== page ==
To quote that eighties teen hero Ferris Bueller: “life passes by so quick, if you dont take a second to look around you might miss it!”
So it is with athletes,they can be so caught up in their present and their future, they lose perspective on where they have come from, what they have achieved, and where they are going. The bystander looks on and can not understand how little the athlete appreciates where they are up to. The athlete needs to have an in depth audit of exactly where they are within their plan, rather than only ever focussing on the horizon, their eventual goal. The pressures on any performer are huge, “giving 100%, and keeping their eye on the ball” can lead to an unnescearily poor quality of life in the moment.
You may be wondering why this is important?
We learn by our experiences and can not proceed functionally without taking stock of our surroundings; perspective is everything. If an individual does not see their position then the journey to their final target is both lonely and daunting, made all the more difficult because their perception may be wrong. It is vital for any athlete to have long and short term goals and this is taught by coaches and support staff, but often those goals are forced upon them. I do not mean that the rules of the “game” are wrong, but the performer must believe in them whole-heartedly, they must be more than acceptable and to a large degree they are not negotiable. The path or program that they have embarked upon must be a “religion not a supermarket!” this means that the individual buys into the whole program and does not pick and choose the parts that they want to do. A path that is not bought into wholeheartedly will be derailed early on by difficulties or worse still will be a cross that the athlete punishes themselves with, making completion impossible.
There must be a personalised plan that is clear and well understood by the athlete/performer, it can not be somebody else’s (coaches/parents) plan. It is impossible to achieve something that one does not believe in or worse still does not really want. Similarly a dream with no plan is nothing more than a dream.
I would advise any performer to be able to discuss, step by step, how they are going to achieve their eventual goal. They must also understand the victories on the way as they are achieved and change and grow the individual and allow them to evolve into that which they wish to be.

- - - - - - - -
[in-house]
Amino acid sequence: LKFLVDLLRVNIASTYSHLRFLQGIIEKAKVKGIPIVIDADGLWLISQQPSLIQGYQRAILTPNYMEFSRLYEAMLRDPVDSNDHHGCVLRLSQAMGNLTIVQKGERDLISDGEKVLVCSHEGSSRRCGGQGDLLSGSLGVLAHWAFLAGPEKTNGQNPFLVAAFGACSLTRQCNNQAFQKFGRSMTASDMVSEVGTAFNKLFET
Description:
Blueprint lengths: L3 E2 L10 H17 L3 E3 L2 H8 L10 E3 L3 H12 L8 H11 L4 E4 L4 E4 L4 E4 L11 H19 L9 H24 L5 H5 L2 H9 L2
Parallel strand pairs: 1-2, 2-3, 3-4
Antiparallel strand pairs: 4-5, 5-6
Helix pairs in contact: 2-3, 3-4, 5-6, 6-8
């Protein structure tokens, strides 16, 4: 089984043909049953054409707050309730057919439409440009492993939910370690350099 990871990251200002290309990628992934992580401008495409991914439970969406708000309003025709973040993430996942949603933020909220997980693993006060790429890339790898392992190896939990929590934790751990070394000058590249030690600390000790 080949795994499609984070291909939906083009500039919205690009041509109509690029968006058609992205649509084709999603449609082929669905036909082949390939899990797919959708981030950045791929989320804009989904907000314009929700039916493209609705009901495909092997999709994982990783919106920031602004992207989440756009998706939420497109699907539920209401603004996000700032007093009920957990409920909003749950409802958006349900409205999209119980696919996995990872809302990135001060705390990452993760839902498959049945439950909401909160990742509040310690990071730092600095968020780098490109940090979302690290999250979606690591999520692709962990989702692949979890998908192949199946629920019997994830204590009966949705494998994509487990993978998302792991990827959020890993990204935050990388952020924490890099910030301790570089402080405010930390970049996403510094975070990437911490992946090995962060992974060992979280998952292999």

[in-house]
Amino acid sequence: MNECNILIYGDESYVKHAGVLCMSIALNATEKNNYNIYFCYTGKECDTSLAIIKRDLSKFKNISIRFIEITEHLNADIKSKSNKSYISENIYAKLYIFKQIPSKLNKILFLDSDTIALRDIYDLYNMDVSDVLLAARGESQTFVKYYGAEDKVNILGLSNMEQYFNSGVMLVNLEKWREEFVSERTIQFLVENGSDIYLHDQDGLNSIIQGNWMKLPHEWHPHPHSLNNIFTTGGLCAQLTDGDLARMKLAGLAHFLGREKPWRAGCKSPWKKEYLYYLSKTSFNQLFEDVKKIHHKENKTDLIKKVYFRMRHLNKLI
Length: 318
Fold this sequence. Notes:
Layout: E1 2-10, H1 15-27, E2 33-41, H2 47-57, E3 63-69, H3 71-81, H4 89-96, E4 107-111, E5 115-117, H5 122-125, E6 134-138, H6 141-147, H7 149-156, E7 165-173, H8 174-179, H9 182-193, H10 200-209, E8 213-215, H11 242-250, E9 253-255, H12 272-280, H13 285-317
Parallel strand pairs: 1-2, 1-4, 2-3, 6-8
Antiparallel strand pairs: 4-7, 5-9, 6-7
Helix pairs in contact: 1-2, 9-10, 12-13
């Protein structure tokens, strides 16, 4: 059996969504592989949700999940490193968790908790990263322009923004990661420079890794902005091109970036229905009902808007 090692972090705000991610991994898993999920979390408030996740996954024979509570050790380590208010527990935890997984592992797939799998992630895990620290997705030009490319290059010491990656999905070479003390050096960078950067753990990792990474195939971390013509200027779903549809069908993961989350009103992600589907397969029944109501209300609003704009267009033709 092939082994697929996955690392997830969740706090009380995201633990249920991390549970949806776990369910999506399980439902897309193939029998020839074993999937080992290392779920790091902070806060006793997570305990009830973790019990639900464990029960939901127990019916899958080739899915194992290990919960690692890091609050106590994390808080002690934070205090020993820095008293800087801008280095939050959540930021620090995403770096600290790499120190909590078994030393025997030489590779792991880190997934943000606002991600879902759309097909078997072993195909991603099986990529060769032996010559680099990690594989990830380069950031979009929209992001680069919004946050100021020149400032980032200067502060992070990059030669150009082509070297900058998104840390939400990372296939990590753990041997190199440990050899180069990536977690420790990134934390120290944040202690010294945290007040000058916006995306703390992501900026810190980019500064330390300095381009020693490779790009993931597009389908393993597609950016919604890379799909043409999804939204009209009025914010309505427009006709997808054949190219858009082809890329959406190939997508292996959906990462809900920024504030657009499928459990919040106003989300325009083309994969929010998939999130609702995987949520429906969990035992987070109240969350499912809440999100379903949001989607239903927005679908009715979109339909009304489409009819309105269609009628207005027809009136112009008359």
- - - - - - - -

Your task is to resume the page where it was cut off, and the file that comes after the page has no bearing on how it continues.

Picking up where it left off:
Evolution is the key.
An individual must understand that the journey will change them and, that by definition, they can not achieve that which they desire as the person they are at the beginning. This evolution is the real journey, and evolution is a painful and sometimes uncontrollable process. It is not a straight line but a route that will have unforeseen difficulties and outcomes as well as some dead ends. The truly successful performer must be truly adaptive and flexible, which is contradictory perhaps to the idea of a “single minded approach”.
I hope that I am not being seen as painting a dark and unacceptable picture, I do not mean to. So the idea of an audit becomes tremendously important. The idea is not a new one, businesses and performance programs have aspects of evaluation, be they annual or more regular. However they are often misunderstood and paid little more than lip service to. A personal audit is exactly that: PERSONAL. It does not have to be anything other than an individual, although it can be a group, experience (but only if all the individuals are invested in the pathway and understand it intimately). It must however follow a structure: an accurate and in depth assessment of what has happened (notice I do not say achieved) since the last audit, this is purely factual with no conclusions drawn, a comparison with what was expected to have happened since the last audit and then finally reflection upon the findings and a plan for what is to be done before the next audit. This may seem a little tortuous as a process but it is necessary to follow this structure in order to get an accurate appraisal and plan for the next stage.
So what does an individual do with this information? It will give perspective and allow the performer to assess the good and the bad (and there must never be a negative equity in this balance), furthermore it allows the performer to do that thing which they find most difficult: Pat themselves on the back in recognition of where they are up to. It allows them to see if they are still asking the right questions and answering them correctly, never forget sometimes the questions that we thought were so important at the beginning are not actually all that important (remember what I said about the journey having some dead ends). Dead ends and the changes that these lead to in the journey process, due to the audit, should not be viewed as failures or wastes of time; this journey is complex and all aspects of it are rich in experience and will lead the performer to grow as a wiser and more diverse person. The fundamental reason for identifying mistakes in the process is not to make them again, but the analysis will allow future plans to be more effective, this is the basis of evolution: a honing of the process, making it cleaner and more effective.
Along with analysis and self awareness the performer must also remain aware of their evolving personna and the pride they rightfully feel, in this, must always be balanced with humility. They must be aware of what they have achieved through hard work and dedication but also how different the situation could be with the slightest twist of fate, every performer must thank the stars for that little bit of luck that through their hard work they deserve.